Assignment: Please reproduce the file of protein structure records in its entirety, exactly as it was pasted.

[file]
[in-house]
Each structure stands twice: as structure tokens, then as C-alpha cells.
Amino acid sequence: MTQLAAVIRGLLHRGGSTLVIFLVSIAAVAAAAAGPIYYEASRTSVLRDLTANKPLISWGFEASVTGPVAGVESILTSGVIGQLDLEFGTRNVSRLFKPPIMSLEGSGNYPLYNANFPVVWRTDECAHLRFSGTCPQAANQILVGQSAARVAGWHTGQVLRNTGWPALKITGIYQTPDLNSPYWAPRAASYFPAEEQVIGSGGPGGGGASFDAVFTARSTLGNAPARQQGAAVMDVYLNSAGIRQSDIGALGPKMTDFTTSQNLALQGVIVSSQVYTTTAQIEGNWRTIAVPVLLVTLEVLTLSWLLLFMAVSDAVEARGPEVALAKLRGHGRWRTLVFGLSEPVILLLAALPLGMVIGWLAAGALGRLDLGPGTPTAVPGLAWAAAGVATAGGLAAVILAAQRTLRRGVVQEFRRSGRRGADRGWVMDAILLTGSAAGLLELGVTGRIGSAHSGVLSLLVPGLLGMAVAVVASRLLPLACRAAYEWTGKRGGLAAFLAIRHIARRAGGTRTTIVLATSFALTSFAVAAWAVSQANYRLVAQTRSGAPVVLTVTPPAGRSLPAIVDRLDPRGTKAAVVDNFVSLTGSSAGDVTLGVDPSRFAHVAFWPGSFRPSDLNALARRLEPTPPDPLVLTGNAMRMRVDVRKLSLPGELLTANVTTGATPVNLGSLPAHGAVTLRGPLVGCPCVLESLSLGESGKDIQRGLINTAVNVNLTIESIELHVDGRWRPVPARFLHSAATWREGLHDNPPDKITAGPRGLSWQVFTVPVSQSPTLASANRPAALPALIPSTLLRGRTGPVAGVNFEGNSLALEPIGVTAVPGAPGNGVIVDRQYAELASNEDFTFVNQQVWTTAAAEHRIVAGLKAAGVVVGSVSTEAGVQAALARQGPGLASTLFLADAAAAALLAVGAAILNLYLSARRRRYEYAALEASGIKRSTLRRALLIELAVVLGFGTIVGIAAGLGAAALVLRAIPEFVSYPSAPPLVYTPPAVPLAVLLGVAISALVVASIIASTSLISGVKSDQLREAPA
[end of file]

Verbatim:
[in-house]
Each structure stands twice: as structure tokens, then as C-alpha cells.
Amino acid sequence: MTQLAAVIRGLLHRGGSTLVIFLVSIAAVAAAAAGPIYYEASRTSVLRDLTANKPLISWGFEASVTGPVAGVESILTSGVIGQLDLEFGTRNVSRLFKPPIMSLEGSGNYPLYNANFPVVWRTDECAHLRFSGTCPQAANQILVGQSAARVAGWHTGQVLRNTGWPALKITGIYQTPDLNSPYWAPRAASYFPAEEQVIGSGGPGGGGASFDAVFTARSTLGNAPARQQGAAVMDVYLNSAGIRQSDIGALGPKMTDFTTSQNLALQGVIVSSQVYTTTAQIEGNWRTIAVPVLLVTLEVLTLSWLLLFMAVSDAVEARGPEVALAKLRGHGRWRTLVFGLSEPVILLLAALPLGMVIGWLAAGALGRLDLGPGTPTAVPGLAWAAAGVATAGGLAAVILAAQRTLRRGVVQEFRRSGRRGADRGWVMDAILLTGSAAGLLELGVTGRIGSAHSGVLSLLVPGLLGMAVAVVASRLLPLACRAAYEWTGKRGGLAAFLAIRHIARRAGGTRTTIVLATSFALTSFAVAAWAVSQANYRLVAQTRSGAPVVLTVTPPAGRSLPAIVDRLDPRGTKAAVVDNFVSLTGSSAGDVTLGVDPSRFAHVAFWPGSFRPSDLNALARRLEPTPPDPLVLTGNAMRMRVDVRKLSLPGELLTANVTTGATPVNLGSLPAHGAVTLRGPLVGCPCVLESLSLGESGKDIQRGLINTAVNVNLTIESIELHVDGRWRPVPARFLHSAATWREGLHDNPPDKITAGPRGLSWQVFTVPVSQSPTLASANRPAALPALIPSTLLRGRTGPVAGVNFEGNSLALEPIGVTAVPGAPGNGVIVDRQYAELASNEDFTFVNQQVWTTAAAEHRIVAGLKAAGVVVGSVSTEAGVQAALARQGPGLASTLFLADAAAAALLAVGAAILNLYLSARRRRYEYAALEASGIKRSTLRRALLIELAVVLGFGTIVGIAAGLGAAALVLRAIPEFVSYPSAPPLVYTPPAVPLAVLLGVAISALVVASIIASTSLISGVKSDQLREAPA